Campus Winnenden – Proposal for Internationale Bauausstellung 2027 (IBA’27). Winnenden Urban Neighbourhood
Winnenden Urban Neighborhood is one of the IBA’27 locations. Winnenden municipal authorities and the International Building Exhibition 2027 StadtRegion Stuttgart (IBA’27) are looking for suggestions for a mixed-use neighborhood of the future.
We embrace one of the driving questions from the Bauwelt Congress 2016 on the productive city: “What do architects and planners need to build to make the mixed city a reality – how do we achieve a city for living, dwelling, and working in which the functional separation of these areas is removed?”
Our answer is an urban campus for Winnenden. A place of knowledge and exchange and an open field of opportunities for a thriving culture of tinkerers and inventiveness.
The proposal is guided by the following principles:
Sustainability: a flexible grid allows for smartly controlled use and space management with units of different sizes that can be flexibly allocated in different ownership models (lease, rental, cooperative). The resulting mix creates synergies between production, research, education, and housing as well as circularity through joint management of energy, water, waste and waste heat. The outdoor space is integrated into the surrounding cultural landscape, creating infiltration areas for precipitation and habitats for local flora and fauna.
Innovation: Innovation needs encounter. The public and communal spaces and building typologies are chosen in such a way that country and city, thinkers and doers of the new and existing surrounding areas can meet and develop.
Mixing: A wide selection of different typologies allows for a flexible interweaving of office and production workplaces, living and living spaces for different living and working models in line with demand: homeownership with studio and garden, classic rental flats, as well as the combination of research and manufacturing spaces required by Industry 5.0.
The spaces are arranged as follows:
Connection to the surroundings: The Campus represents a pole of urban character to the west of the railway station that complements the town center. The Zipfelbachallee as a green link and innovation axis connects the new Kärcher site in the north with to the landscape, the regional bicycle network, and the Zipfelbach in the south. The campus also functionally creates a bridge between the city in the east and the landscape in the west, where a landscape park can be created in the future – even without the State Garden Show ’32.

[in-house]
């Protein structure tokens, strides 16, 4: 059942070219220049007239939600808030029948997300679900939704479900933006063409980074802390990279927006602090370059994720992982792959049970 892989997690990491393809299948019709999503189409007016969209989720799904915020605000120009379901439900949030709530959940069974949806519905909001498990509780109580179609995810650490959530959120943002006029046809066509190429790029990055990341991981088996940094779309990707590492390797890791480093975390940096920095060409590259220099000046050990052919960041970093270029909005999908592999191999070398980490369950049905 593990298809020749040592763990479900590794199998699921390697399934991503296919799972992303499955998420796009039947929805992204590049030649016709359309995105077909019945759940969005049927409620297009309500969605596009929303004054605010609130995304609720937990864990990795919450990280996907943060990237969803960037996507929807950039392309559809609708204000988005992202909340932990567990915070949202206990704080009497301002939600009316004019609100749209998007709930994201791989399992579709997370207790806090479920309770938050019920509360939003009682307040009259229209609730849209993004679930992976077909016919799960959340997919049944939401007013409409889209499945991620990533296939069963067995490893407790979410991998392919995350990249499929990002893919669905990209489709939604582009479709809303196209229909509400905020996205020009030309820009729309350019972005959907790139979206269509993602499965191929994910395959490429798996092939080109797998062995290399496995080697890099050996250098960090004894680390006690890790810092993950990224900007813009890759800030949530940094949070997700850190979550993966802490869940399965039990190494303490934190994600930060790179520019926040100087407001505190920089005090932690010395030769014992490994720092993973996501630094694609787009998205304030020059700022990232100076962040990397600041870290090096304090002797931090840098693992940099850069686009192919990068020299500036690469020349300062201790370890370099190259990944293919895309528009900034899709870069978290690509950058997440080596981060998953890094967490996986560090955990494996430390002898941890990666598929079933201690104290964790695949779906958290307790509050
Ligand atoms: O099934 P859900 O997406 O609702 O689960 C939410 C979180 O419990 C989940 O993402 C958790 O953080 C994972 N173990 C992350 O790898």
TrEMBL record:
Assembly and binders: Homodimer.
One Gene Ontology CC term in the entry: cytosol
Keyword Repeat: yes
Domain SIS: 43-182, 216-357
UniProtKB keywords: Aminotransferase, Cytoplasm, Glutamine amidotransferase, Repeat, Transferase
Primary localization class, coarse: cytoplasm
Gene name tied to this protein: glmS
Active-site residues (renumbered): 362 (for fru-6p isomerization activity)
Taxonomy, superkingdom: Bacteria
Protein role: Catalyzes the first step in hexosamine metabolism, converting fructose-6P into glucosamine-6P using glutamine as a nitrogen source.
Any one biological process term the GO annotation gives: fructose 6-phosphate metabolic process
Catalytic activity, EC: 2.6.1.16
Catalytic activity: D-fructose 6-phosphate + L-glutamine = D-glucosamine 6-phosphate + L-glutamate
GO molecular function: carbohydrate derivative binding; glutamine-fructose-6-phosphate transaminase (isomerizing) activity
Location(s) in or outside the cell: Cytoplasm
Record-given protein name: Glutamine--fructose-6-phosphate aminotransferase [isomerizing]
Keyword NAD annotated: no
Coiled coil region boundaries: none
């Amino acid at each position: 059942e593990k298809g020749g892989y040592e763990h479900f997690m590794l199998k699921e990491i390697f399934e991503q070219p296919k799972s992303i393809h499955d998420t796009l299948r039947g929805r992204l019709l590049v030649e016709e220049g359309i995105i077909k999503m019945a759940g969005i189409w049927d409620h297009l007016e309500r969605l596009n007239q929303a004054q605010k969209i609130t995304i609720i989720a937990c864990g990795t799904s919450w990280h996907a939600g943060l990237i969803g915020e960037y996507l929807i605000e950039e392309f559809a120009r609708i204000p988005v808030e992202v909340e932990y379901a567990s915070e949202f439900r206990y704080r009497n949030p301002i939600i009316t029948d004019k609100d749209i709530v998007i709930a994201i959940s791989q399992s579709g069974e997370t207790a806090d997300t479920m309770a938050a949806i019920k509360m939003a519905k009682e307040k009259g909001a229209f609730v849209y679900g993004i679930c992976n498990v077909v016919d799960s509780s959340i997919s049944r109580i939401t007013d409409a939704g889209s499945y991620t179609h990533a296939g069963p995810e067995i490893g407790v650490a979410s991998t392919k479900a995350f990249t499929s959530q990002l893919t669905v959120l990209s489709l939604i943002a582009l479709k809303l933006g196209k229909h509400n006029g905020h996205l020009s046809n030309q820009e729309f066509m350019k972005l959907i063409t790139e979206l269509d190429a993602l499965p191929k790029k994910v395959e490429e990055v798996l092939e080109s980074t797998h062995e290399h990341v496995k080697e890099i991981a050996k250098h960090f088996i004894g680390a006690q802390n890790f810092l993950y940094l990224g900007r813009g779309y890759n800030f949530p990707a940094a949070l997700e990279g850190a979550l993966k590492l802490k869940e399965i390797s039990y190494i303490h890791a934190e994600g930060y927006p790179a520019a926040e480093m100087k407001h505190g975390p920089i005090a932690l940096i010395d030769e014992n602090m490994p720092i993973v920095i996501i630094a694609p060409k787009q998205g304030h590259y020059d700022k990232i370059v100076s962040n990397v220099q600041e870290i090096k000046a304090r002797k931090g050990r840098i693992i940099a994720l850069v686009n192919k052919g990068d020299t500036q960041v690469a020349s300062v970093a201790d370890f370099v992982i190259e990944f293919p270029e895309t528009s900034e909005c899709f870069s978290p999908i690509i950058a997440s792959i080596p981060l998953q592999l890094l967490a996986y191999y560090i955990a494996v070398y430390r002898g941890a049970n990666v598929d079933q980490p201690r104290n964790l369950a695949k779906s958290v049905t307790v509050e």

Mobility: The mobility concept disentangles heavy logistics traffic and local deliveries from slow-moving traffic. A logistics hub is efficiently accessible from the B14 in the north of the area. From here, freight for local delivery can be implemented via electric mobility. Selected north-south streets are accessible to motorised traffic, while the west-east thoroughfare offers short, attractive routes to the railway station and city center for cyclists and pedestrians. At the block level, a ‘logistics courtyard’ serves the ‘active side’ of the buildings.
Building structure and typologies: We propose a transition from predominantly commercial use in the north to predominantly residential use combined with studios in the south. Correspondingly larger volumes in the north protect the smaller-scale development structure in the south of the campus from road noise. Vertically, we stagger production, sales, social, office and residential uses.
Water and public space: The hierarchy of the public spaces and green roofs is emphasised by permeable and green surfaces to limit soil sealing. The filtration trenches along the Zipfelbachallee combined connected to a local network of rain gardens and water squares ensure sustainable water management. People can meet there for lunch and eat a salad grown with surplus water in the adjacent greenhouses.